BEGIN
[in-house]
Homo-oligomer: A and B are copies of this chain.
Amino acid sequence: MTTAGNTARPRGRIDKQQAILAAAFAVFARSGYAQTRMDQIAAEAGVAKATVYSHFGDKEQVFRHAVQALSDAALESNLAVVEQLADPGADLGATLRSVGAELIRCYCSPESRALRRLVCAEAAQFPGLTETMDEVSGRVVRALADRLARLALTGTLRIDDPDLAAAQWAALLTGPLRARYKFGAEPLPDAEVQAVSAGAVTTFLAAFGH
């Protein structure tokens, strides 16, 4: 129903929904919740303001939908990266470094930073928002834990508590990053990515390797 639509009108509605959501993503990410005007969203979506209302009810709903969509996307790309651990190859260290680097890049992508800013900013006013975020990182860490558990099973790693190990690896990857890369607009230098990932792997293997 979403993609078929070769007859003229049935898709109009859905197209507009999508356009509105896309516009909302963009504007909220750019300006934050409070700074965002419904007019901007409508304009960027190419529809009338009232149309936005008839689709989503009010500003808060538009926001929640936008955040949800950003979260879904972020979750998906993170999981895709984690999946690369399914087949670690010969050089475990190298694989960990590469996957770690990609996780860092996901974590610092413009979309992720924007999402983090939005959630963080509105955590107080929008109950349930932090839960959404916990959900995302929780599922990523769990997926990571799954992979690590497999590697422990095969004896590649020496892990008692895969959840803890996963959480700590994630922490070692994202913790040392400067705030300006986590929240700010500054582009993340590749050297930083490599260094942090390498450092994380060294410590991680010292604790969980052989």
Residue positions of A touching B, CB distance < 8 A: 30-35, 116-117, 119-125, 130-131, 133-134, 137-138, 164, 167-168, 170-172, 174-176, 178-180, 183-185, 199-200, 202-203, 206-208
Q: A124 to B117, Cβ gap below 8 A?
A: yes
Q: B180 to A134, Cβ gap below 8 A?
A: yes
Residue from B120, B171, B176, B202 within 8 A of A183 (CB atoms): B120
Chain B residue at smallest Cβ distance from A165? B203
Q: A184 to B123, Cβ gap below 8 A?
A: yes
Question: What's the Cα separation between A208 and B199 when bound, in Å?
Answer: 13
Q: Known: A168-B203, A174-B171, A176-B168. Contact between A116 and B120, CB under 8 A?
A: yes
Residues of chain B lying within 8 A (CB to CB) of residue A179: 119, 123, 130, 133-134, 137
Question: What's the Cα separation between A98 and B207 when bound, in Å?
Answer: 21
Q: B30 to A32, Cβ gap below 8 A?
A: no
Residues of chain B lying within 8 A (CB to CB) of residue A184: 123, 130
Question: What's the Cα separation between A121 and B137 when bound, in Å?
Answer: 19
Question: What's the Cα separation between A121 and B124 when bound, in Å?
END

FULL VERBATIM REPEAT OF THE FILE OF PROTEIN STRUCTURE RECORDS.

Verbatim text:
[in-house]
Homo-oligomer: A and B are copies of this chain.
Amino acid sequence: MTTAGNTARPRGRIDKQQAILAAAFAVFARSGYAQTRMDQIAAEAGVAKATVYSHFGDKEQVFRHAVQALSDAALESNLAVVEQLADPGADLGATLRSVGAELIRCYCSPESRALRRLVCAEAAQFPGLTETMDEVSGRVVRALADRLARLALTGTLRIDDPDLAAAQWAALLTGPLRARYKFGAEPLPDAEVQAVSAGAVTTFLAAFGH
């Protein structure tokens, strides 16, 4: 129903929904919740303001939908990266470094930073928002834990508590990053990515390797 639509009108509605959501993503990410005007969203979506209302009810709903969509996307790309651990190859260290680097890049992508800013900013006013975020990182860490558990099973790693190990690896990857890369607009230098990932792997293997 979403993609078929070769007859003229049935898709109009859905197209507009999508356009509105896309516009909302963009504007909220750019300006934050409070700074965002419904007019901007409508304009960027190419529809009338009232149309936005008839689709989503009010500003808060538009926001929640936008955040949800950003979260879904972020979750998906993170999981895709984690999946690369399914087949670690010969050089475990190298694989960990590469996957770690990609996780860092996901974590610092413009979309992720924007999402983090939005959630963080509105955590107080929008109950349930932090839960959404916990959900995302929780599922990523769990997926990571799954992979690590497999590697422990095969004896590649020496892990008692895969959840803890996963959480700590994630922490070692994202913790040392400067705030300006986590929240700010500054582009993340590749050297930083490599260094942090390498450092994380060294410590991680010292604790969980052989």
Residue positions of A touching B, CB distance < 8 A: 30-35, 116-117, 119-125, 130-131, 133-134, 137-138, 164, 167-168, 170-172, 174-176, 178-180, 183-185, 199-200, 202-203, 206-208
Q: A124 to B117, Cβ gap below 8 A?
A: yes
Q: B180 to A134, Cβ gap below 8 A?
A: yes
Residue from B120, B171, B176, B202 within 8 A of A183 (CB atoms): B120
Chain B residue at smallest Cβ distance from A165? B203
Q: A184 to B123, Cβ gap below 8 A?
A: yes
Question: What's the Cα separation between A208 and B199 when bound, in Å?
Answer: 13
Q: Known: A168-B203, A174-B171, A176-B168. Contact between A116 and B120, CB under 8 A?
A: yes
Residues of chain B lying within 8 A (CB to CB) of residue A179: 119, 123, 130, 133-134, 137
Question: What's the Cα separation between A98 and B207 when bound, in Å?
Answer: 21
Q: B30 to A32, Cβ gap below 8 A?
A: no
Residues of chain B lying within 8 A (CB to CB) of residue A184: 123, 130
Question: What's the Cα separation between A121 and B137 when bound, in Å?
Answer: 19
Question: What's the Cα separation between A121 and B124 when bound, in Å?